Police haunted by Madeleine case
By Alison Roberts BBC News, Praia da Luz
Saturday marks the first anniversary of Madeleine McCann’s disappearance from an apartment in the Algarve. A year on the consequences are still being felt in Portugal.
The Madeleine McCann saga has had a big impact in Portugal, on tourism locally, and in particular on the Polícia Judiciária (PJ), the criminal investigation force that is still handling this case.
Officials at the PJ and the Ministry of Justice, which oversees the force, were this week adamant Saturday would be marked by no special event or indeed any comment on the investigation, which is covered by judicial secrecy until mid-May, with a possible extension to August.
But the PJ’s national director, Alípio Ribeiro, felt obliged to react to figures that emerged this week on his force’s performance, and which some observers saw as pointing to a lack of resources and strategy, or even a crisis in confidence.
They showed sharp drops in the number of detentions by PJ inspectors and in charges resulting from their investigations in the past year.
While nationwide, the number of detentions dropped by 50%, in the Faro region where the investigation into Madeleine’s disappearance is being handled, the drop was 37%, while the number of investigations that led to charges fell 58%.
That is likely to reinforce a widespread public perception here that police time and resources were disproportionately allocated to one high-profile case.
In Oporto, where police are investigating a string of nightlife murders, the number of detentions fell by 60% and investigations leading to charges by 10%.
Mr Ribeiro – who made headlines in February when he said detectives had been “hasty” in declaring Kate and Gerry McCann official suspects five months earlier – played down the figures.
In comments to the Lusa news agency, he said the number of detentions was no indicator of effectiveness, given a changing legal framework.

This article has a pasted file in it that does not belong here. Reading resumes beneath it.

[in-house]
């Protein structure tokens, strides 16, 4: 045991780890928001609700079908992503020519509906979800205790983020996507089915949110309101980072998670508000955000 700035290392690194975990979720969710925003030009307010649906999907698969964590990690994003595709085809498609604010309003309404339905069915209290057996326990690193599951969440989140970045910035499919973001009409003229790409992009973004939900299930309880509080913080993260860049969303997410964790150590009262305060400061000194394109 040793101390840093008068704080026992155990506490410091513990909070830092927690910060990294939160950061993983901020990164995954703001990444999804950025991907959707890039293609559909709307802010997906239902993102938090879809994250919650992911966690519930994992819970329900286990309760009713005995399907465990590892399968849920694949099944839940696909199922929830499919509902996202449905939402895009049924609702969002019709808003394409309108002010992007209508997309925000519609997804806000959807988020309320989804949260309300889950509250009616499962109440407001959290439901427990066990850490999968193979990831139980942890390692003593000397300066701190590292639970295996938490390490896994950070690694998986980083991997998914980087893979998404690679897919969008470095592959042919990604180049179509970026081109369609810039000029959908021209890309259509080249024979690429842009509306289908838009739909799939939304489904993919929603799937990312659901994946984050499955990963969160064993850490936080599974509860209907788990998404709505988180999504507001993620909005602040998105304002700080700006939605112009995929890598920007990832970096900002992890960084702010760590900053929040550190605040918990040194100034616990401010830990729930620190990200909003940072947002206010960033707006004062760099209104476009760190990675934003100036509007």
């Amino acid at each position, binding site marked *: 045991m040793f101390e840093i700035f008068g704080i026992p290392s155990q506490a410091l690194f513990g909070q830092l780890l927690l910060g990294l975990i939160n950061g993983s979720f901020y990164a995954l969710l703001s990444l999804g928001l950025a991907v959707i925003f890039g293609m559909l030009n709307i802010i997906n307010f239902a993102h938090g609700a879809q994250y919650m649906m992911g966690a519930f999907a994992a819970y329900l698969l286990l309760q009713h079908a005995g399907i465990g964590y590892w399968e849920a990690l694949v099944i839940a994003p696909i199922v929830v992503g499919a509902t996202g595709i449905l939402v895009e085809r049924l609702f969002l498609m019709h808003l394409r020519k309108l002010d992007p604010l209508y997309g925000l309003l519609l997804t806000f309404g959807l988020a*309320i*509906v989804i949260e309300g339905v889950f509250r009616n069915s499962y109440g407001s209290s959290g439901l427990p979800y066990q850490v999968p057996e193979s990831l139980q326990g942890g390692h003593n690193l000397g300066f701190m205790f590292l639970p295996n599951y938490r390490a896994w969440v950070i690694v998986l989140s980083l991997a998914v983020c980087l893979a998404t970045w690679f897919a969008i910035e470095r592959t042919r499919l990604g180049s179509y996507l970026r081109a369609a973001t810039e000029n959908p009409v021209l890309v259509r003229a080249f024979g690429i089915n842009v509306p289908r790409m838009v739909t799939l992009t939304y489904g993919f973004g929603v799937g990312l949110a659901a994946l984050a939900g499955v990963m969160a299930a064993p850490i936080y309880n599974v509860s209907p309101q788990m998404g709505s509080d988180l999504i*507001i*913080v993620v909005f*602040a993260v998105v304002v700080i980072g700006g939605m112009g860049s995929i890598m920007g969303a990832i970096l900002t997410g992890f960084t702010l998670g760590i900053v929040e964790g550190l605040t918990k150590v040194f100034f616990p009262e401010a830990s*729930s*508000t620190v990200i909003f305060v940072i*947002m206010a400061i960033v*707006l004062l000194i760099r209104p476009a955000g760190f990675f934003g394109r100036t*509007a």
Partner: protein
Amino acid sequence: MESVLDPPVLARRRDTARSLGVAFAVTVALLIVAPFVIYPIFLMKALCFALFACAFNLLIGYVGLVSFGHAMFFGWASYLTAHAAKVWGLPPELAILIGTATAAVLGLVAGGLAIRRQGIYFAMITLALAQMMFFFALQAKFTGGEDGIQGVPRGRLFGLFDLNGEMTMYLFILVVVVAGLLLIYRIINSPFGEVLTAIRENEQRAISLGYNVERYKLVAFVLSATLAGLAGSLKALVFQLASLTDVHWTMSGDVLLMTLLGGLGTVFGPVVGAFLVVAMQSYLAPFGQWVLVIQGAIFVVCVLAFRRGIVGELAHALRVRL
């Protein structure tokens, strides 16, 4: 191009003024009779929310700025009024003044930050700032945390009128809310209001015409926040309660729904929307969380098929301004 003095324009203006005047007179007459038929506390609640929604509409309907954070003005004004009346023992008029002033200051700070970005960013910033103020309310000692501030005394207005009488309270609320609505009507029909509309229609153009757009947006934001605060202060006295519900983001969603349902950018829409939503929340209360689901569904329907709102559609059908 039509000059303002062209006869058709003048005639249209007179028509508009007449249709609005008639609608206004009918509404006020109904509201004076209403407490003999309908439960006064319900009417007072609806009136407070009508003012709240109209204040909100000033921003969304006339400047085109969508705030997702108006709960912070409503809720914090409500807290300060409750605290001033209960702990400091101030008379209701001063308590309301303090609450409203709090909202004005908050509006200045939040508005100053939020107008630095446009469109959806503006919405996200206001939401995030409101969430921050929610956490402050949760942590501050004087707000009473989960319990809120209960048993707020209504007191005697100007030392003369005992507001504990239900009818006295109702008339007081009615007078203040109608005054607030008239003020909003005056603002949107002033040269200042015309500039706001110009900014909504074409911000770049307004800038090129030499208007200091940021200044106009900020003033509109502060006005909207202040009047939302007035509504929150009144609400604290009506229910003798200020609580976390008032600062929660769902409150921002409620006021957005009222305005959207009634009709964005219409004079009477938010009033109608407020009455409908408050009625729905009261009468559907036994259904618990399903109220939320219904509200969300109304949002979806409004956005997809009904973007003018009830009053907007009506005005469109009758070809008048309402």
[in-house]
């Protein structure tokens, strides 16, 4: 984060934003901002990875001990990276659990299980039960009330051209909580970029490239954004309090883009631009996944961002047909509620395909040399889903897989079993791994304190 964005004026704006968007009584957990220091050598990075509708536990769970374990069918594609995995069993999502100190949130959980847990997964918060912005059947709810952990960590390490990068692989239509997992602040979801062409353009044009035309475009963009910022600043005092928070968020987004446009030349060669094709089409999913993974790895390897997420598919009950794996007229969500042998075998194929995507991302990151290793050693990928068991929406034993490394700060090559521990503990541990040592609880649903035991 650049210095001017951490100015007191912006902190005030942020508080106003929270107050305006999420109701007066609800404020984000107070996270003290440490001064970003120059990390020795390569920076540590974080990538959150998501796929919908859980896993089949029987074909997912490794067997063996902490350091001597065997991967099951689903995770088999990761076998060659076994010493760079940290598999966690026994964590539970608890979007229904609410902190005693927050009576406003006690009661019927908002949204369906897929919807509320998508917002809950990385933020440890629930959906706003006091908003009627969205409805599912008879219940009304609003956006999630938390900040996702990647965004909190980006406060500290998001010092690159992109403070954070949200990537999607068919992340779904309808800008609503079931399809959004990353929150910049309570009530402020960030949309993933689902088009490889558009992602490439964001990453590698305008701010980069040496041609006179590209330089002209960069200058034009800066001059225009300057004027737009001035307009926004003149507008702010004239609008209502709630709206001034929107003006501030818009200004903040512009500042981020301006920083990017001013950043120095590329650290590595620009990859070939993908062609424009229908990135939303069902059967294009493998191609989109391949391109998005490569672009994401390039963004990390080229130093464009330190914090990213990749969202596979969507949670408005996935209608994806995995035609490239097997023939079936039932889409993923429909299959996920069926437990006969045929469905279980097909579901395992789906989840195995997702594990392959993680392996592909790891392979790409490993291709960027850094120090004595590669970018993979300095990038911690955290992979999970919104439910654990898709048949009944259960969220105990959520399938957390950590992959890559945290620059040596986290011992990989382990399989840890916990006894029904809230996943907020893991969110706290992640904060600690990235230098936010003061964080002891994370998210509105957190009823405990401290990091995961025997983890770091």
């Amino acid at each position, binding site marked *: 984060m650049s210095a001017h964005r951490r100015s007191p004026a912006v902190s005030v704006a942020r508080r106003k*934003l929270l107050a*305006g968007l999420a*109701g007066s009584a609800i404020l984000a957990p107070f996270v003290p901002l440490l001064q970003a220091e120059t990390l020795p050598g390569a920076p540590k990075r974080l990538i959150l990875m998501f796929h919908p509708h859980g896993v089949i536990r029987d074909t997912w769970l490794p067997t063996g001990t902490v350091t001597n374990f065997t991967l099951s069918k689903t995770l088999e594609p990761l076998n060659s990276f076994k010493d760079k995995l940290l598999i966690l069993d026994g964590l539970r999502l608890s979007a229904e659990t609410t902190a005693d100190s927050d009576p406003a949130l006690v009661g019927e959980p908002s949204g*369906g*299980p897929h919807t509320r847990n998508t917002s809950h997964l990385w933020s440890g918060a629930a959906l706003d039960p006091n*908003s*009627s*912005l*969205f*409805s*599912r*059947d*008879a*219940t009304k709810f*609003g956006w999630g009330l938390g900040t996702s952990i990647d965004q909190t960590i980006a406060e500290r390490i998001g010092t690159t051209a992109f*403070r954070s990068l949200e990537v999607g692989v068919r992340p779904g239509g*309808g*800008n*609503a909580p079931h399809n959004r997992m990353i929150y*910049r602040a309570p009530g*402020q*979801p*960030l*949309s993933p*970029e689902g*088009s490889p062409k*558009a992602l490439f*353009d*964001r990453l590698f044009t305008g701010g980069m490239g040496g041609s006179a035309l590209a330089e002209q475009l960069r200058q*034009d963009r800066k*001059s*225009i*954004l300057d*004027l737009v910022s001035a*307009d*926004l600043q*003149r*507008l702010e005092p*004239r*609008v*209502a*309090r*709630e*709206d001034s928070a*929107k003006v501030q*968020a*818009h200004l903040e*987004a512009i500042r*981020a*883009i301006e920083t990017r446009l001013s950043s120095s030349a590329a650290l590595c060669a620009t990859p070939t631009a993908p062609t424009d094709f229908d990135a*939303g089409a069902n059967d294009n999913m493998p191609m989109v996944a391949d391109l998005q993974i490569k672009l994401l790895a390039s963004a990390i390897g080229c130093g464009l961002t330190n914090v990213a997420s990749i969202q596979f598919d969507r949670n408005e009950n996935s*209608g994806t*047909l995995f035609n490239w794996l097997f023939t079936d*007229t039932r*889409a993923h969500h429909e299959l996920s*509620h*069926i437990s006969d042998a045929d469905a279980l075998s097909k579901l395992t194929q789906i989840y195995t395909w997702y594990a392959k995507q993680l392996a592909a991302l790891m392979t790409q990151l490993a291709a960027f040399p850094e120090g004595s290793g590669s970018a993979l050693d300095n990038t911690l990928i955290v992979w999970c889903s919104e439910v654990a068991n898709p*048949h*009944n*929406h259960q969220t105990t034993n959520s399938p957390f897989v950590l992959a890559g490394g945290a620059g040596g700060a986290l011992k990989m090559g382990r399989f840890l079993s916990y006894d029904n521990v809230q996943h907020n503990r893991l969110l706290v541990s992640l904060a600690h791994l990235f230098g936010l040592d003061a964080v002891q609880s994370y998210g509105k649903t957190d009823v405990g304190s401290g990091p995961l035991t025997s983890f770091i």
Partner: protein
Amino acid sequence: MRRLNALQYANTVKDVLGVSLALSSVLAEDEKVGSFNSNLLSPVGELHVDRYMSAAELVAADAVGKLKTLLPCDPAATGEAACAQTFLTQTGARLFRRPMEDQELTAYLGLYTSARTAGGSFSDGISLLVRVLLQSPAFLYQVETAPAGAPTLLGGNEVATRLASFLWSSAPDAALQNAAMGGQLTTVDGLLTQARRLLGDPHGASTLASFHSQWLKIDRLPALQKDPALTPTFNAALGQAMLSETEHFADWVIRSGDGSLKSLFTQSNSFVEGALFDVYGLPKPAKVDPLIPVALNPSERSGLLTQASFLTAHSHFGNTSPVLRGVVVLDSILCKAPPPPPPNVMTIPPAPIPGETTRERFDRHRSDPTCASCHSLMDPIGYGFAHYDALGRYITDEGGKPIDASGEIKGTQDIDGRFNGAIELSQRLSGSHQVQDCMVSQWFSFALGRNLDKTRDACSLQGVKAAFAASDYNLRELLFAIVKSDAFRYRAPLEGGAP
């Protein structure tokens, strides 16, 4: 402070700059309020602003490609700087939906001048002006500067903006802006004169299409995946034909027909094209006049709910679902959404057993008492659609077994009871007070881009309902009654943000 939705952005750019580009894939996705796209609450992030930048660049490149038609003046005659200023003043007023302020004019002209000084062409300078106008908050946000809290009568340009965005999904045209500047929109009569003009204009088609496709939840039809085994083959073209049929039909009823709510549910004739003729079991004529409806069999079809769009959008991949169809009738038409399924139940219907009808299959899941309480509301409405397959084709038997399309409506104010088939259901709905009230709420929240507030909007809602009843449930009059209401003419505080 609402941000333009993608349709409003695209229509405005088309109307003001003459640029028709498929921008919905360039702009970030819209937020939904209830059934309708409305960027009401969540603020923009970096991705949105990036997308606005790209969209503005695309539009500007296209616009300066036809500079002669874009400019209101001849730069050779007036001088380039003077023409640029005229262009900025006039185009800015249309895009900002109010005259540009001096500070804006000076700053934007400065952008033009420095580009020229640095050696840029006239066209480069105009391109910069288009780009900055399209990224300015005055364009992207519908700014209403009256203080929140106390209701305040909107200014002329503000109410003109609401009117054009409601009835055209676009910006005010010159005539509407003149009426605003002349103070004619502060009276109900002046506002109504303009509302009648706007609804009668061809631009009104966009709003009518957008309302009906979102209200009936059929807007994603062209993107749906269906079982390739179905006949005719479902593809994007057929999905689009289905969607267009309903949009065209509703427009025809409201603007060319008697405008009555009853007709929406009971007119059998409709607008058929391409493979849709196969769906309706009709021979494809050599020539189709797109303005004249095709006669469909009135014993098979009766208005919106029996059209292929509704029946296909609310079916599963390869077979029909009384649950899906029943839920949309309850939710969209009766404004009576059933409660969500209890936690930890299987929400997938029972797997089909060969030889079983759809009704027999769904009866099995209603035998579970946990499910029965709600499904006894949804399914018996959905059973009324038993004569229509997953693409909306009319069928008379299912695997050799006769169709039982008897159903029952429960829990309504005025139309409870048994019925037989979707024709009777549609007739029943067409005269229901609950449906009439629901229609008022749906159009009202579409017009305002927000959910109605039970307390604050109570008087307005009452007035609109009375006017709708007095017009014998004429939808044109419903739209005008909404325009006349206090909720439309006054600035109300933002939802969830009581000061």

But Carlos Anjos, president of detectives’ union ASFIC, said there had been a brain drain and sagging morale in the two years since Mr Ribeiro came in.
He told TSF radio: “It’s logical that operational capacity has diminished. We’ve lost more than 20% of personnel, that can only give the result we’re now seeing.”
Justice Minister Alberto Costa is expected to face questions on the issue in a parliamentary debate next Wednesday on the security forces.
‘Clarify the truth’
Meanwhile, the former coordinator of the PJ’s criminal investigation department in Portimão, who oversaw the Madeleine McCann case until he was removed from his post by Mr Ribeiro in October after reportedly criticising his British counterparts, is preparing to sue unnamed British media outlets.
Though as department head he had no hands-on involvement in the case, he bore the brunt of British media criticism of the PJ – criticism that António Paulo Santos, the Lisbon lawyer retained to prepare the libel action, says Mr Amaral feels tipped over into personal insults.
Having put in for retirement, the former PJ coordinator also plans to publish a book about his work, to be entitled “Verdade da Mentira” – “The Truth about the Lie”.
“It wouldn’t be written if he hadn’t been the victim of personal insults – even his children suffered at school,” said his lawyer. “It’s not for financial gain.”
The book would not, he added, violate judicial secrecy or aim to incriminate anyone, but to tell Mr Amaral’s side of things and lay out the evidence so readers can draw their own conclusions.
“Its one mission is to clarify the truth,” Mr Santos said.
No date has been set for publication but it would be after Mr. Amaral’s retirement, which is set to take some months.
Several books about the case have been published in Portugal, but this would be the first by anyone involved and is likely to find a ready market.
Resentment in Portugal of the critical tone of British media coverage, as expressed in letter, emails and phone calls to newspapers and broadcasters, and on internet forums, is widespread and often fierce.